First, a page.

Friday November 11, 2016

What Trump's climate change denial means for Canada

Now that Donald Trump is president-elect, Canada no longer has an ally in the United States on climate change.

Now that Donald Trump is president-elect, Canada no longer has an ally in the United States on climate change. (Getty Images/iStockphoto)

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The day after Donald Trump's election win, Saskatchewan premier Brad Wall said it  made no sense for Canada to push ahead with a carbon tax, now that it seems America  — our biggest trading partner, and competitor —  would not be going in that direction.

'There is tremendous economic disadvantage from not acting in the fight against climate change ... for not pushing towards cleaner jobs and reducing emissions, towards not showing leadership at a time where the world is looking for leadership."  - Canada's Prime Minister Justin Trudeau on Nov. 10

Under a Trump administration, senior policy advisor with Friends of the Earth Canada John Bennett, tells The Current's Friday host Kelly Crowe that Canada will be taking "another huge step backwards."

"Twenty-five years of work is probably going to go for nought," Bennett says. "And it's going to have huge implications for — not only Canadians — but for people around the world."

Bennett predicts the impact of Trump's policies will affect more than just the environment.

"He's probably going to kill far more people by not acting on climate change than he will no matter what military operations he launches in the next four years." 

Bennett says the industry will take this opportunity to push back on paying carbon fees if the U.S. isn't doing it  — making it impossible to impose on Canada. 

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Stunned participants at UN climate talks in Marrakesh insisted that climate change denier Donald Trump cannot derail the global shift to clean energy. (Fadel Senna/AFP/Getty Images)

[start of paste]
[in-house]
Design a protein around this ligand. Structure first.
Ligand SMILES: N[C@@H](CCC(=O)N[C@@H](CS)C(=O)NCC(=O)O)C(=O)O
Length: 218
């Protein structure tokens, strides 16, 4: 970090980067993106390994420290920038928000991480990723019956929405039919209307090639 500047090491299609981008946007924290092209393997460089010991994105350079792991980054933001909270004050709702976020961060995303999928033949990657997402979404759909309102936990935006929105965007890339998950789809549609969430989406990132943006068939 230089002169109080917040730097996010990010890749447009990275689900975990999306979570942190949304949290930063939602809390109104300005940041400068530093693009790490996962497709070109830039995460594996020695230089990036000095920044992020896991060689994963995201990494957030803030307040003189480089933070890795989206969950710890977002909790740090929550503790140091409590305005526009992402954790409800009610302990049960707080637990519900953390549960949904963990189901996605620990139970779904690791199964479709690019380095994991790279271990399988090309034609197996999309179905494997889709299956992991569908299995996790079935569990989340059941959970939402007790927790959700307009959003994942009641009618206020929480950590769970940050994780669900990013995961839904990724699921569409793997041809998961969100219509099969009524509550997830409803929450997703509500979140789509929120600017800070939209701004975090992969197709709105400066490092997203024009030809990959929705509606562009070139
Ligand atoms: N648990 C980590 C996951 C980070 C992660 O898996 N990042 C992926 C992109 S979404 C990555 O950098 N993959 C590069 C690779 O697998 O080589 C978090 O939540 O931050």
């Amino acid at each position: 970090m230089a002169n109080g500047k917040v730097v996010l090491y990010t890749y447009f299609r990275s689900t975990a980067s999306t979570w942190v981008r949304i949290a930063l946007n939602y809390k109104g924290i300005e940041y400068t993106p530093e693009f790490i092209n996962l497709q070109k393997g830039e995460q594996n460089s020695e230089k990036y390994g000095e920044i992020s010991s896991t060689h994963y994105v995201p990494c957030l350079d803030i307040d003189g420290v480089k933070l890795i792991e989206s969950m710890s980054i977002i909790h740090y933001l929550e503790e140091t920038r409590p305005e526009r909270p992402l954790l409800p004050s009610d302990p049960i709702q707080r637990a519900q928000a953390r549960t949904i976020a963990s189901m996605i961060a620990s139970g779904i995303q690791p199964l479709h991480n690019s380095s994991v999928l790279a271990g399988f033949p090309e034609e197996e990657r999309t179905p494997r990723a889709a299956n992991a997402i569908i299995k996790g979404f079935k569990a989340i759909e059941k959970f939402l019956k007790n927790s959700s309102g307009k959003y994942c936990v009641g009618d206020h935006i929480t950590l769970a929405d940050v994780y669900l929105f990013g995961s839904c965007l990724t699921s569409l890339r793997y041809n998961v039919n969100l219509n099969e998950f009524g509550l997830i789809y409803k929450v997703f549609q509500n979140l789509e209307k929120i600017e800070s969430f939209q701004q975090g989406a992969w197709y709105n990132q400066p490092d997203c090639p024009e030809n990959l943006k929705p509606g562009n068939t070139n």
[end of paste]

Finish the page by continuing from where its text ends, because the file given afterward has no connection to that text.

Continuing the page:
If environmentalists want to efficiently address their concerns, former minister of natural resources Joe Oliver says they need to rethink strategy and tactics, and "not exaggerate the problem."

"They should be focusing on things that cost the least and achieve the most," Oliver tells Crowe.

He suggests mitigation and investment in science and technology as the best way forward.

According to Anna-Liisa Aunio, an environmentalist and sociology professor at Dawson College, Canada tends to follow step with the U.S. on environmental policy and she tells Crowe now is the time to focus on the long-term consequences of our relationship with our neighours.

"Justin Trudeau is going to have to think long and hard about — not just whether or not it is going to have a significant impact on their carbon tax now — but for years to come."   

Multi-year ice

Will Trudeau's approach to climate change still work with Trump as president? (Sima Sahar Zerehi/CBC)

Aunio tells Crowe that the Alberta protests against carbon tax at a provincial level shows just how worried people are about their future — the resistance is because their pocket books are taking a hit.

"The current carbon tax as it is currently structured doesn't seem to speak to those needs in terms of being able to pay for your bills when you are living paycheque-to-paycheque."

Christopher Sands, director of the Center for Canadian Studies at Johns Hopkins University, agrees that the cost to the working poor and middle-class is a key message to focus on — one that Trump's campaign successfully addressed.

"Donald Trump has given voice to the frustration from people who feel — not that the goals are wrong — but that they are paying really heavy prices and it's not fair," Sands tells Crowe.

Sands gives Trump's skepticism credit and says if we continue to include voters moving forward then there's a chance to "get Americans back in the tent."

"But we have to start recognizing this differential cost."

"If we take his voters seriously and we can marry some of our social justice concern with our environmental justice concern," Sands says. "There is a way forward that is more compassionate but doesn't necessarily deviate from the larger goal."

Listen to the full segment.

This segment was produced by The Current's Julian Uzielli and Kristin Nelson.